Hepatic coma

By | May 15, 2012


It is a neuropsychiatric syndrome secondary to liver disease characterized by unconsciousness.




  1. Cirrhosis of liver
  2. Acute fulminant hepatitis
  3. Biliary cirrhosis
  4. Surgical portal venous shunt
  5. Portal hypertension


Precipitating factors


  • High protein intake
  • Alcohol
  • Constipation
  • Infection
  • Fluid electrolyte imbalance
  • GI bleeding



Hepatic coma occurs when blood bypass the liver through collateral circulation .as the liver is the main detoxification organ of toxic substance, so toxic substances directly reach the brain. These substances include ammonia, free fatty acids, and false neurotransmitters. These toxic substances are responsible for hepatic encephalopathy.


Clinical features:



Initially there is irritability, confusion, disorientation, slow slurred speech.

Nausea, vomiting, weakness, hiccups, drowsiness.

Hyperventilation and pyrexia.



Fetor hepaticus (musty sour smell).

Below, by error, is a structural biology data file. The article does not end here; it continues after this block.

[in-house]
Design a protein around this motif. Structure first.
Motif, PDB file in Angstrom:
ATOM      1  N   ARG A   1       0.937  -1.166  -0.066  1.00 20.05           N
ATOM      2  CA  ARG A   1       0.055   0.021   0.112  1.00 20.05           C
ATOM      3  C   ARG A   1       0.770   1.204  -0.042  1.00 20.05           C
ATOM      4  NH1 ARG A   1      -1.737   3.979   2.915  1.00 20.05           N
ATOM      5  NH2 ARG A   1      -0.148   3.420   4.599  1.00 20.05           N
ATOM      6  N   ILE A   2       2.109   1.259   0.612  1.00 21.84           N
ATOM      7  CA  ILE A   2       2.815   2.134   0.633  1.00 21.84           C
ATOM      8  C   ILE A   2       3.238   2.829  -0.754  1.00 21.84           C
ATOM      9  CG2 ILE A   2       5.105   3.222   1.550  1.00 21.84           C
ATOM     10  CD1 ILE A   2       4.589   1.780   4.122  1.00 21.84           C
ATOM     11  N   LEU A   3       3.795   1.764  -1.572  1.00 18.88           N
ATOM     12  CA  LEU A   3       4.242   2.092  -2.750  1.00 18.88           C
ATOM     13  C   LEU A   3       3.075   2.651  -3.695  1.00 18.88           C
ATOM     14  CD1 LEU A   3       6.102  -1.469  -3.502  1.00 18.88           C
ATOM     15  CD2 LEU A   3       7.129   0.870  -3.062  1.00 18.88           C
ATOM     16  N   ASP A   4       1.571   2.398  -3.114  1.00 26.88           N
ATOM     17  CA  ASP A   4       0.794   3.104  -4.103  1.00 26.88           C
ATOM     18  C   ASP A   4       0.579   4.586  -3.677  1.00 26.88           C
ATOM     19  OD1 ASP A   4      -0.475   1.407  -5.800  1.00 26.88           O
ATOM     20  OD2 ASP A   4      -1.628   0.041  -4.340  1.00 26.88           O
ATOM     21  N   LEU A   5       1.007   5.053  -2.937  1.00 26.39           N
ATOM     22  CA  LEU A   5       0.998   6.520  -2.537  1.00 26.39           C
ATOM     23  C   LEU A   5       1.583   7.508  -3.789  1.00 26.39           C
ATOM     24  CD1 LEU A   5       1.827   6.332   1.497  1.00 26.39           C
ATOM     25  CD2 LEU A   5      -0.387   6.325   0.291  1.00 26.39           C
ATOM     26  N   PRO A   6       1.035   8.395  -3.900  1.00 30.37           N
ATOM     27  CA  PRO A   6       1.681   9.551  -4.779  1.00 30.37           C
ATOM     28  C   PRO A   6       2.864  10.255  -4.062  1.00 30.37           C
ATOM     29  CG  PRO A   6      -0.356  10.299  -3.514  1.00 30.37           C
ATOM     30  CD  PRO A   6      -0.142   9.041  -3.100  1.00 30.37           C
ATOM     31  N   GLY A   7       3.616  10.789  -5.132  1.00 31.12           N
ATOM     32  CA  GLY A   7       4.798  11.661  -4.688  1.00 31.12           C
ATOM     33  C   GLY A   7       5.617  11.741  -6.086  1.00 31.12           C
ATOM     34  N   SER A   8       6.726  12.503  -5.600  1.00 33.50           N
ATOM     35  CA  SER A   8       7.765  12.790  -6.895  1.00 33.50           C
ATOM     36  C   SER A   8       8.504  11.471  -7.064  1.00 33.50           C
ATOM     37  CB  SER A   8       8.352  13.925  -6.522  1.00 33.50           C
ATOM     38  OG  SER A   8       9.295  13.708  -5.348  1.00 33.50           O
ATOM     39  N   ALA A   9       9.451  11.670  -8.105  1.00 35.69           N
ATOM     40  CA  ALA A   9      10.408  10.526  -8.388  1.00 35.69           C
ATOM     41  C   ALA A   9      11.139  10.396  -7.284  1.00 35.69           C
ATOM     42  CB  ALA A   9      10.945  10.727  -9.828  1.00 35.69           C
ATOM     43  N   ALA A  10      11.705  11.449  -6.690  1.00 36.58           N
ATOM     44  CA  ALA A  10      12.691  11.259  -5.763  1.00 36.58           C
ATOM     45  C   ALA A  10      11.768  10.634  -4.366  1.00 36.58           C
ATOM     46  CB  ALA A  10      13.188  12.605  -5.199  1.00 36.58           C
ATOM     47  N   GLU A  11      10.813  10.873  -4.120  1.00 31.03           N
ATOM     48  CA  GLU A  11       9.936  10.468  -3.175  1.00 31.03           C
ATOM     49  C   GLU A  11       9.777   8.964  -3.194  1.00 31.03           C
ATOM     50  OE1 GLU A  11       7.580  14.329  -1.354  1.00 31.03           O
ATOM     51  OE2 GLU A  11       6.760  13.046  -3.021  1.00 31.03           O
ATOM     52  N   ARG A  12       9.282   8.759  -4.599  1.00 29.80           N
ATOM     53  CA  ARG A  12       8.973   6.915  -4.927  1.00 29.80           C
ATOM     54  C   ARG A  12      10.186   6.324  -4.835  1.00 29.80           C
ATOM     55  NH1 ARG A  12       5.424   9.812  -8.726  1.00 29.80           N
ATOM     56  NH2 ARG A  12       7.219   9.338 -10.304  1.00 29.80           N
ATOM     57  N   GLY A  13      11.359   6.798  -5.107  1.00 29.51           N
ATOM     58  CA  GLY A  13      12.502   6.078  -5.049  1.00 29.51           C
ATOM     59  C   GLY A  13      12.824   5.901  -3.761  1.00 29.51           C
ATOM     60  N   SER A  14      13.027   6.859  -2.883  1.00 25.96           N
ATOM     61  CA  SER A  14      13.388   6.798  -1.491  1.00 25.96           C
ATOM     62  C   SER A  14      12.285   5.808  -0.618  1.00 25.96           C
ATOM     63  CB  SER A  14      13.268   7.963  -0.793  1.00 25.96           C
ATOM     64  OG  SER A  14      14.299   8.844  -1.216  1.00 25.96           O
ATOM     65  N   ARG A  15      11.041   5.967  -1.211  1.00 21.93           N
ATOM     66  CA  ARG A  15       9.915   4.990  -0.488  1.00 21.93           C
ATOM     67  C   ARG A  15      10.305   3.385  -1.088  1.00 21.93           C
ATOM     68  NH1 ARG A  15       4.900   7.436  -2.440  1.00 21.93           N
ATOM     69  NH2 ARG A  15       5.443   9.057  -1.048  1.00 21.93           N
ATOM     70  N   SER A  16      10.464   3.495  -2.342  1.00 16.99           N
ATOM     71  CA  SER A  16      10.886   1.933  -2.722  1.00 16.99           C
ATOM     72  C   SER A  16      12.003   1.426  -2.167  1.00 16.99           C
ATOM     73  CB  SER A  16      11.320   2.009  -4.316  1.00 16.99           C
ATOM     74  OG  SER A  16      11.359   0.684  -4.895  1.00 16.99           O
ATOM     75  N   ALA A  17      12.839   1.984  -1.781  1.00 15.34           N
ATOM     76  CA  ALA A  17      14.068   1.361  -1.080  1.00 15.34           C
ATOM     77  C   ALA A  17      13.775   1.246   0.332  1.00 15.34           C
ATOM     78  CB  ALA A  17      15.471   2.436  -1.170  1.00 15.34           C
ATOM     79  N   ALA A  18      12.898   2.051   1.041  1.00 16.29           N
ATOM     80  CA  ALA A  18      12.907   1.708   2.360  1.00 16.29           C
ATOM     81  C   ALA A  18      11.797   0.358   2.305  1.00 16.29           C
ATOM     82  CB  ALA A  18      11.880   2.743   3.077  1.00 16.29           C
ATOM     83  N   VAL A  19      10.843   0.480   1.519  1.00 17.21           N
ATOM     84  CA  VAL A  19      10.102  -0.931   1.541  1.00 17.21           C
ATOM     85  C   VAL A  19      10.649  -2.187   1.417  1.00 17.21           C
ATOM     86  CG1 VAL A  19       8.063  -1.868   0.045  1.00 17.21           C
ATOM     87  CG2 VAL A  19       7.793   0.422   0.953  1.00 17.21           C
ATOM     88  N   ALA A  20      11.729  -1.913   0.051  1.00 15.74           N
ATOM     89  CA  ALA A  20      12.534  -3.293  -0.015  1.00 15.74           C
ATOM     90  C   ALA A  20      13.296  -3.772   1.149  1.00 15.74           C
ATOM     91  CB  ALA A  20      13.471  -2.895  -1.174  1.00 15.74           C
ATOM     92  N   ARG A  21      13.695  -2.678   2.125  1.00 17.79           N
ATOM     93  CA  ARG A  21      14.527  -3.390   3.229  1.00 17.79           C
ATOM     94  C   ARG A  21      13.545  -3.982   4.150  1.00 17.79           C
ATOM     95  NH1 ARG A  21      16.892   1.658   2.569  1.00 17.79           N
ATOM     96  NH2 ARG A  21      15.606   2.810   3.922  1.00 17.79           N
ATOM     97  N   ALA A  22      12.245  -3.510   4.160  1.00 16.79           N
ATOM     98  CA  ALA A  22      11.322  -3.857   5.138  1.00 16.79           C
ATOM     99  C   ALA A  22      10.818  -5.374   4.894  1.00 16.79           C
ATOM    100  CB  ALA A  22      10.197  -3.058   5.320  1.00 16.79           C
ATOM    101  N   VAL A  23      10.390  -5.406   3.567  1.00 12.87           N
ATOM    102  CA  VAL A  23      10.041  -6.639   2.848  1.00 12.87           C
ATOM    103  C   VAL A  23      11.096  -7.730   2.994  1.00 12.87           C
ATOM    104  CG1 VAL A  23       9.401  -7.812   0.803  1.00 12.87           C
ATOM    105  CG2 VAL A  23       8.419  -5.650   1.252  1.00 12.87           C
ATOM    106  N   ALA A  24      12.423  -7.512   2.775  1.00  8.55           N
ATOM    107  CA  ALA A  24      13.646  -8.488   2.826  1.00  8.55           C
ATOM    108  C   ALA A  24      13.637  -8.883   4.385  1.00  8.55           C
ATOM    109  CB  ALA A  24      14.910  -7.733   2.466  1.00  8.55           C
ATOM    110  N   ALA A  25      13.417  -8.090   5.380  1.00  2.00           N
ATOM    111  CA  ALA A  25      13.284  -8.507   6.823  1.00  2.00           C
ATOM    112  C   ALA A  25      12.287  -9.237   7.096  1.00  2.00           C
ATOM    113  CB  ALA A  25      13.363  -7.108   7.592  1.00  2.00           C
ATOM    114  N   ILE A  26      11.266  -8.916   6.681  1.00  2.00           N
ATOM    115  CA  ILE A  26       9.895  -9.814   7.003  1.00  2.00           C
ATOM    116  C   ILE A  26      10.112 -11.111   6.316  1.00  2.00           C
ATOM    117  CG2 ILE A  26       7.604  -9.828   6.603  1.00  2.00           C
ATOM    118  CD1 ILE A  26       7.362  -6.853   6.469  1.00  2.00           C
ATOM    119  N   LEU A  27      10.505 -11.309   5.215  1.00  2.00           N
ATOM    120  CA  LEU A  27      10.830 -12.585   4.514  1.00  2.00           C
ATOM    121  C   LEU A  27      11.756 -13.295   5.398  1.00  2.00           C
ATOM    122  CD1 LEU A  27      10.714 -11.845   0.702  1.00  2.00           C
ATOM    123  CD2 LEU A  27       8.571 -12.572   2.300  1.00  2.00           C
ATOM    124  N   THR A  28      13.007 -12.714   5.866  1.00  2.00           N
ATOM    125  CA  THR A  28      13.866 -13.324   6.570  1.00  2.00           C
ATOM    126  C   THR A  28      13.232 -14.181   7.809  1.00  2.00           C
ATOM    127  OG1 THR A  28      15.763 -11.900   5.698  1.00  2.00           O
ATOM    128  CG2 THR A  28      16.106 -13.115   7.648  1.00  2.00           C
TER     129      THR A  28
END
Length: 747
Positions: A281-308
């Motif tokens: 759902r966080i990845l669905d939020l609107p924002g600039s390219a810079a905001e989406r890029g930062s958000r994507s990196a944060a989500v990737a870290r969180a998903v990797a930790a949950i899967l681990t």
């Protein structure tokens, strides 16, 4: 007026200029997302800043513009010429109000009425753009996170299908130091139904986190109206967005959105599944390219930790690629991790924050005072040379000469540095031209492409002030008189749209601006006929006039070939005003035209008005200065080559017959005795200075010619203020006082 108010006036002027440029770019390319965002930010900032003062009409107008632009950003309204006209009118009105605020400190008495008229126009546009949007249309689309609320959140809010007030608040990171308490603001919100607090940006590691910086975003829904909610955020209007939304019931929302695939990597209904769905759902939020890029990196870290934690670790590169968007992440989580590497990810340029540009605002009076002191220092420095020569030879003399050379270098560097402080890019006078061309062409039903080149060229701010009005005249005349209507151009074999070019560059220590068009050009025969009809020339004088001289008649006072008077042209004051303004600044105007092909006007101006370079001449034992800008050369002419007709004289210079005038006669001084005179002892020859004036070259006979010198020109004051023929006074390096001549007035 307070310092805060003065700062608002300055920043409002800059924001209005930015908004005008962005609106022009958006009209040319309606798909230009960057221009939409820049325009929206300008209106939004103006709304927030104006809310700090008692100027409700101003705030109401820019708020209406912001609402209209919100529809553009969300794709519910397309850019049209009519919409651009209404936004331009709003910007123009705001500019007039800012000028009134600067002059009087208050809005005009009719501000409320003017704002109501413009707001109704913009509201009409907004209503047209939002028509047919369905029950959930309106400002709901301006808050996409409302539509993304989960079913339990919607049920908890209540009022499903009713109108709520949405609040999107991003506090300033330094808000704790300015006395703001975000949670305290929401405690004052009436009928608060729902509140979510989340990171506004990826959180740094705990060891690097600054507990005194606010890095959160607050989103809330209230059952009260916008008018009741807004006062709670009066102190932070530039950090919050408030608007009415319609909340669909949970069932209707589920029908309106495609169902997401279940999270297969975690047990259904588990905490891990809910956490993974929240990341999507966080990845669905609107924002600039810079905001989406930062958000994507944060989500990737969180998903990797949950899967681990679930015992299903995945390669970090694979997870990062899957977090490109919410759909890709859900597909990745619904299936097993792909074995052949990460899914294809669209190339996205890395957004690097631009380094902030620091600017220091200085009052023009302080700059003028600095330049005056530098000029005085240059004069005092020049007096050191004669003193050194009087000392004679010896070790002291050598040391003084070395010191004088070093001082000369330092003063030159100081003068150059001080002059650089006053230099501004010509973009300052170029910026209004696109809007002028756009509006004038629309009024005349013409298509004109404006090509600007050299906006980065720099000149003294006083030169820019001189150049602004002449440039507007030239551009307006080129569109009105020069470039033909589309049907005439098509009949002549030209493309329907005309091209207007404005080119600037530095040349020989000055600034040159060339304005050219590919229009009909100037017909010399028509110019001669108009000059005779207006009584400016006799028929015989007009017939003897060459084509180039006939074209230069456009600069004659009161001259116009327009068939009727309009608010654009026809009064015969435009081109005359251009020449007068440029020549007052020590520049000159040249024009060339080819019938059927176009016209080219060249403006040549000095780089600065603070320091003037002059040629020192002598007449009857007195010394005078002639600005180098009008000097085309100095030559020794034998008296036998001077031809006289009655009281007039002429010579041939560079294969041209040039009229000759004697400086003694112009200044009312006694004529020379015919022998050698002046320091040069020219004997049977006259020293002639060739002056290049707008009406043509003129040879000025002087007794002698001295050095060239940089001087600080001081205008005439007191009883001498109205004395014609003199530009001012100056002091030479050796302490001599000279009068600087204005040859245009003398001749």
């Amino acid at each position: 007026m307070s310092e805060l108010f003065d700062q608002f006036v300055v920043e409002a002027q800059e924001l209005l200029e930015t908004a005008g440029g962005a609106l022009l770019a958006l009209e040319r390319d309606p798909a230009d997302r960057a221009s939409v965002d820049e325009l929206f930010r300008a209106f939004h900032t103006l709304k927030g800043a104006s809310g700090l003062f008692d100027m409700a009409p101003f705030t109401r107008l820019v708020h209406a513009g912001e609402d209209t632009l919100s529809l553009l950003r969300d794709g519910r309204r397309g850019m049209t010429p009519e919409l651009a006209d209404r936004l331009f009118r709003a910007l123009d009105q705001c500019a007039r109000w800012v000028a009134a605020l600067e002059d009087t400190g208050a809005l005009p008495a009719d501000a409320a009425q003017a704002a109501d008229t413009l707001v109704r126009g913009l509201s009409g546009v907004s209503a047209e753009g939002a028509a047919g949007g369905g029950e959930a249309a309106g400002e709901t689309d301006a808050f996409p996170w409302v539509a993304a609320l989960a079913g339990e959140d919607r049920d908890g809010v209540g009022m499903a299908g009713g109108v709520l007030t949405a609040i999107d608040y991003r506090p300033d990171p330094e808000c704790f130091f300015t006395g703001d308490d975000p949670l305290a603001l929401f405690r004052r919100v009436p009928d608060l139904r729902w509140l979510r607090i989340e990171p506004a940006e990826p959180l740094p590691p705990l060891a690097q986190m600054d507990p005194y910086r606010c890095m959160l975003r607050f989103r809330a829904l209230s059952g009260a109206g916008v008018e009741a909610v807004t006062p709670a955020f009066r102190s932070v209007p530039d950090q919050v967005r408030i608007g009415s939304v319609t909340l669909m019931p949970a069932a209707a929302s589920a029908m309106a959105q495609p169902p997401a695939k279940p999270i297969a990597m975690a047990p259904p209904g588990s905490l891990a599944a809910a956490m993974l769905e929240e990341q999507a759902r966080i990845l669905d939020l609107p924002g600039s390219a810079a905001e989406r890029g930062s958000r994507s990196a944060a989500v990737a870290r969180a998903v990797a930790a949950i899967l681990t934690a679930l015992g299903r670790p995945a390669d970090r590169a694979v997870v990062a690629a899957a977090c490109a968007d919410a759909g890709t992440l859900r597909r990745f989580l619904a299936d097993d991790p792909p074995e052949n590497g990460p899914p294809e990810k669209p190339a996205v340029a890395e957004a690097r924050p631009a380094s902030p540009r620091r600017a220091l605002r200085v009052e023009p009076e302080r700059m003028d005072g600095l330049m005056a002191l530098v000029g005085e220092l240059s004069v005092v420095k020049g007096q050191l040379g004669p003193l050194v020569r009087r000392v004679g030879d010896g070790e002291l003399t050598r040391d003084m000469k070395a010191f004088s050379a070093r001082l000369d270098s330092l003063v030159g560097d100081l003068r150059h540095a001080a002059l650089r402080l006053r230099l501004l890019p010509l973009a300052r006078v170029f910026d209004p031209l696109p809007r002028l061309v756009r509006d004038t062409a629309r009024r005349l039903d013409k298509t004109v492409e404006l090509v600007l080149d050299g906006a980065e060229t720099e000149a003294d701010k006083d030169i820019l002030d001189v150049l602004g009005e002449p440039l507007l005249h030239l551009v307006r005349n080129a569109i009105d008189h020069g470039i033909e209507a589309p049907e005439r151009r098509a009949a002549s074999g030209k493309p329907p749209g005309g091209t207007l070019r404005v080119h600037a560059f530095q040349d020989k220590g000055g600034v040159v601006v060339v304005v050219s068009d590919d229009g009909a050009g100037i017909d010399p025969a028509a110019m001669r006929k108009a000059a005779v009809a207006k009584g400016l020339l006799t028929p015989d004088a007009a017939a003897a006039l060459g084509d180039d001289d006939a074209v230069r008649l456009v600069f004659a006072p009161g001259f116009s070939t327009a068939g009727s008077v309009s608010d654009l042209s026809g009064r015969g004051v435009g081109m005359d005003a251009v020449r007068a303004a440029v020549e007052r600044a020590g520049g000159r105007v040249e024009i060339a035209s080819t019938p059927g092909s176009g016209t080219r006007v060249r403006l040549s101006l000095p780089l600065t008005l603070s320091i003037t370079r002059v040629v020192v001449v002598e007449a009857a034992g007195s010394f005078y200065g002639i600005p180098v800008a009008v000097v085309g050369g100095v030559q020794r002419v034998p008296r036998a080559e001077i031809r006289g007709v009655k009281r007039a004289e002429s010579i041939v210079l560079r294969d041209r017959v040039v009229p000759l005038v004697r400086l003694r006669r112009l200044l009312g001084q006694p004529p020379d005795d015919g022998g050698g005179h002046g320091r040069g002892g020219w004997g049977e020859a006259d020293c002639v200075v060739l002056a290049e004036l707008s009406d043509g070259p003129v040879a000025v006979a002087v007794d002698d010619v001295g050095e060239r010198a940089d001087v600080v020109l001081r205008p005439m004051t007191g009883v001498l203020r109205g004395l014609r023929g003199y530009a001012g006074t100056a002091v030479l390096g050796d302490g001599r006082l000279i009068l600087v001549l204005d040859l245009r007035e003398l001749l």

Coarse flapping tremors


Bilateral extensor planter response.

Jaundice may be present.



Blood complete picture will show increased ESR, WBC and decreased RBC.

Liver biochemistry will show prolonged prothrombin time, increased SGOT, SGPT and bilirubin.


Blood urea will show the renal status.

Blood glucose can exclude the hypoglycemia.


Differential diagnosis.


Dural and subdural hemorrhage


Wilson’s disease


Diabetes ketoacidosis

Primary psychiatric disorders





Hospitalized the patient

Pass nasogastric tube and insert cannula to maintain I.V line

Identify the precipitating factors and remove them

Catheterize the patient.

Liquid protein free diet.

Give purgatives with enemas.

IV 20 % glucose.

Correct any electrolyte imbalance.

Oral neomycin 1-4 g daily?

Correct ay infection.


Long term

Increase the protein intake slowly

Avoid constipation

Avoid precipitating factors

Avoid sedatives and hypnotics

Use flumazanil (benzodiazepine antagonist)